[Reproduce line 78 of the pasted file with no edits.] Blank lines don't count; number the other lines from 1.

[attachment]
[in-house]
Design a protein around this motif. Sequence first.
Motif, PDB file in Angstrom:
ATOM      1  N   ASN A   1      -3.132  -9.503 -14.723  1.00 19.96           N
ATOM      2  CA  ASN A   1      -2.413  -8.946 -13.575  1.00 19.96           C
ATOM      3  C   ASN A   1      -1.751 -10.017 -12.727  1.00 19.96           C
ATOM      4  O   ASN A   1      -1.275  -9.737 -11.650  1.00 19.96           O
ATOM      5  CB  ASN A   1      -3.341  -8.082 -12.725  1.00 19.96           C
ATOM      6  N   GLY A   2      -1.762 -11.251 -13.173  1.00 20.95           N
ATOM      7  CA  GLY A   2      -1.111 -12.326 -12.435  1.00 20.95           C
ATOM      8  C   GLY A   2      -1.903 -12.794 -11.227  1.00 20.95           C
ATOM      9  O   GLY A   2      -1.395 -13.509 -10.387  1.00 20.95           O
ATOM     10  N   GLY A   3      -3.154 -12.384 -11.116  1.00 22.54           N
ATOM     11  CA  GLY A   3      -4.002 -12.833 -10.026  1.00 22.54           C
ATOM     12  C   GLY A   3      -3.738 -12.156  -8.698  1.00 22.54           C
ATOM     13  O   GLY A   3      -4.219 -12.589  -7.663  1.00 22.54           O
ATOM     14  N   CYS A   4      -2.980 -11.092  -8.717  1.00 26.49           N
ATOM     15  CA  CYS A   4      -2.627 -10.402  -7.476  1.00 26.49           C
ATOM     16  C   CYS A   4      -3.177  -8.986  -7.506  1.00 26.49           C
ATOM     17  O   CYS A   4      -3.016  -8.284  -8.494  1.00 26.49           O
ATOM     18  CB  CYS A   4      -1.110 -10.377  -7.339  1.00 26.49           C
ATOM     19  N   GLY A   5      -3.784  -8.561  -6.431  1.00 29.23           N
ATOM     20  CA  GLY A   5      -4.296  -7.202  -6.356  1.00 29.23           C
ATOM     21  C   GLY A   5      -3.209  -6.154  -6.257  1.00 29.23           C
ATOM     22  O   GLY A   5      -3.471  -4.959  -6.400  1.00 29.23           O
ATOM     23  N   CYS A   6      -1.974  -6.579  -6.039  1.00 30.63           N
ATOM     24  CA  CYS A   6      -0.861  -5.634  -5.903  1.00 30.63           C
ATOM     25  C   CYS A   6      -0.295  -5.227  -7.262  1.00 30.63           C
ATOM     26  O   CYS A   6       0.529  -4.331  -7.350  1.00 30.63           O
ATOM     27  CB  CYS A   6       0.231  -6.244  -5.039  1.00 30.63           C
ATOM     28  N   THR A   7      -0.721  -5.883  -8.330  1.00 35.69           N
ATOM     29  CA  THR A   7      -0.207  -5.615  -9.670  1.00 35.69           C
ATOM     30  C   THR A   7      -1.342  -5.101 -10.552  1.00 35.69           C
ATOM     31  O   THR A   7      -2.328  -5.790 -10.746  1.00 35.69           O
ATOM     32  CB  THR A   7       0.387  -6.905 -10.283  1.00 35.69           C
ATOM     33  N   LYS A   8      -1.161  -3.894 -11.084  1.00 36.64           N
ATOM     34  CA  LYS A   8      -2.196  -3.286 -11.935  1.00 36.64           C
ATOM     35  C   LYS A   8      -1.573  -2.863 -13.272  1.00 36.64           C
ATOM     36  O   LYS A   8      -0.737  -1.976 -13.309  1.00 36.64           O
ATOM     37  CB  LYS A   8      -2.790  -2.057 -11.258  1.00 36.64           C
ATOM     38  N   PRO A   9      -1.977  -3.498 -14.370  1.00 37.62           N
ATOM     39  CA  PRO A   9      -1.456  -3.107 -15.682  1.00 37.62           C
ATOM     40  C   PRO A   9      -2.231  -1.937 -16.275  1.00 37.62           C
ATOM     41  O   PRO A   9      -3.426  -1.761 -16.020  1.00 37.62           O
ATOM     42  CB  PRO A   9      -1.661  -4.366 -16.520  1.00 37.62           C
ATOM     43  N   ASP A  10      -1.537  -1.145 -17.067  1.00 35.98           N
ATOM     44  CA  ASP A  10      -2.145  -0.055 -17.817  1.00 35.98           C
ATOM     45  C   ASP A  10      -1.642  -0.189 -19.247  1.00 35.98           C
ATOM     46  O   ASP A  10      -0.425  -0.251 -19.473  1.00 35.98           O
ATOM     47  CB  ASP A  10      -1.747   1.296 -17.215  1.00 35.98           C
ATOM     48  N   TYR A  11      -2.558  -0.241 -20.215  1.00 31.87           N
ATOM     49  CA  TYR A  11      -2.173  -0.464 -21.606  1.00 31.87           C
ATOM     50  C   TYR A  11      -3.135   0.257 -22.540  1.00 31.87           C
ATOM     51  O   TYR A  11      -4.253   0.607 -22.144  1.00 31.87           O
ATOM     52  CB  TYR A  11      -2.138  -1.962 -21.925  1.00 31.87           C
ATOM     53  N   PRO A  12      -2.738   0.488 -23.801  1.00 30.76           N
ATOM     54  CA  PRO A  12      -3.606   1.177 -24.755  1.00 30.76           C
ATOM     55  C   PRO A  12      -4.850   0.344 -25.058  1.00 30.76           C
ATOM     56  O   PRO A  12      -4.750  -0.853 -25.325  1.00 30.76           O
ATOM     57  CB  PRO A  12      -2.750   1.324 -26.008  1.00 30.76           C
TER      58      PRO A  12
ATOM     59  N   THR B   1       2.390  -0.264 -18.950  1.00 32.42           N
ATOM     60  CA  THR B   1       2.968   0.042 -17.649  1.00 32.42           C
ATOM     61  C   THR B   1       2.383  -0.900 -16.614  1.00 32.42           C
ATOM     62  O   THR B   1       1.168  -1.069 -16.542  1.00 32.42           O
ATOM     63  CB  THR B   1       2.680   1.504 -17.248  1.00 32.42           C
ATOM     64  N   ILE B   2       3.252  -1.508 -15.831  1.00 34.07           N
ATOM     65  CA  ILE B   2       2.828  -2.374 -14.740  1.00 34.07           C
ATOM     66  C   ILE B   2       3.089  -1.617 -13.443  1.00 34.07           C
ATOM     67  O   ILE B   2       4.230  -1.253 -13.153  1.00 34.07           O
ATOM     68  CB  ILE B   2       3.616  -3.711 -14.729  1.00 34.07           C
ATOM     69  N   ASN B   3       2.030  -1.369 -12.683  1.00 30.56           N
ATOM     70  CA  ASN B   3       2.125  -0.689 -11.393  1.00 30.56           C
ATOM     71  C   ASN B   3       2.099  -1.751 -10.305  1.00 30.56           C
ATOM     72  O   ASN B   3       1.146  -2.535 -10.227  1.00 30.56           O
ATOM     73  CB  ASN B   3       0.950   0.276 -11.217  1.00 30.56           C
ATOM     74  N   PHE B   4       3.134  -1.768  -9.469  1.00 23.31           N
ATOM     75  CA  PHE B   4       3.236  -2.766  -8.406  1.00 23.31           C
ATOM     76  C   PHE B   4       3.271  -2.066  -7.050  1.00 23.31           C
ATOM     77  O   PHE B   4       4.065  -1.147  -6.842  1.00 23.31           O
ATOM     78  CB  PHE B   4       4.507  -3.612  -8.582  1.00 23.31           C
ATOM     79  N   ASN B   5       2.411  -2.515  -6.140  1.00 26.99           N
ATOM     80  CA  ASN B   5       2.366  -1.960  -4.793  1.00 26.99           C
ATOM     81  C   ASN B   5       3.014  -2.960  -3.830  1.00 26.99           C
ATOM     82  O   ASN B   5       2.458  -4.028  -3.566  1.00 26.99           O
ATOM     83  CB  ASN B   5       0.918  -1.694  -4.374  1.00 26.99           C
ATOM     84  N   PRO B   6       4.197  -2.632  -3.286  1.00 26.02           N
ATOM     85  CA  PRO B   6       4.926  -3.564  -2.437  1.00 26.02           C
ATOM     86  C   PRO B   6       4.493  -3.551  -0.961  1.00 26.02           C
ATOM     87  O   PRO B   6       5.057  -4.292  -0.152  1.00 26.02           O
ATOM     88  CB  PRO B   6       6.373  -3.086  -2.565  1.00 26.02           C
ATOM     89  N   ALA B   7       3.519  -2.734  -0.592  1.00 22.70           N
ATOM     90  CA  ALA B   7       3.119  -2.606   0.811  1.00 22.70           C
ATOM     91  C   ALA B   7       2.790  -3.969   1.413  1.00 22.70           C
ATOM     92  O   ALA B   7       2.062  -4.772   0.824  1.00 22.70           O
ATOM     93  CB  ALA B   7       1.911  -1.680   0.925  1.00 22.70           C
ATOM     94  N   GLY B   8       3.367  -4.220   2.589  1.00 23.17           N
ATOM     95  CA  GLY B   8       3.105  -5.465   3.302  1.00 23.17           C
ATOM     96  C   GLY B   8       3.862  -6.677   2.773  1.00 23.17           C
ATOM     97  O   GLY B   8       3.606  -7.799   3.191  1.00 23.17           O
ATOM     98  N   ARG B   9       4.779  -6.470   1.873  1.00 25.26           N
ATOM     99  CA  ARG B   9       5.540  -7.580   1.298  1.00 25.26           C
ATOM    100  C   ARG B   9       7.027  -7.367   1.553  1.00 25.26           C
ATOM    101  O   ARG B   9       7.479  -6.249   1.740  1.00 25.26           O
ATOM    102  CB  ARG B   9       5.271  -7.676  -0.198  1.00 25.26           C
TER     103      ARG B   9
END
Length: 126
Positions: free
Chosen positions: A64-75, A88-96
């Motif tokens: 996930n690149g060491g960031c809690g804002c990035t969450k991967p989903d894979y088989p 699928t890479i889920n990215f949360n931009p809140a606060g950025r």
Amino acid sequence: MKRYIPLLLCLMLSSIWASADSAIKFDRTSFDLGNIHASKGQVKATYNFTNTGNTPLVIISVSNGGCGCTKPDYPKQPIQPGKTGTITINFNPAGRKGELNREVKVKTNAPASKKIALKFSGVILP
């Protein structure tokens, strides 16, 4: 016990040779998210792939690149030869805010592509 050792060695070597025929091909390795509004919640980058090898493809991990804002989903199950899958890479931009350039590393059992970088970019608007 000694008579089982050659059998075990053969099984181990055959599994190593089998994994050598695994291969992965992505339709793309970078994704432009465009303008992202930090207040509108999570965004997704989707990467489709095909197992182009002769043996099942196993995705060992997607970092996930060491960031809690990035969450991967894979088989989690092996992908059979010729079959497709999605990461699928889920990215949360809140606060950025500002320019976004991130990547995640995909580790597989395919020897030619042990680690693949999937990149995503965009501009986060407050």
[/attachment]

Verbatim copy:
ATOM     75  CA  PHE B   4       3.236  -2.766  -8.406  1.00 23.31           C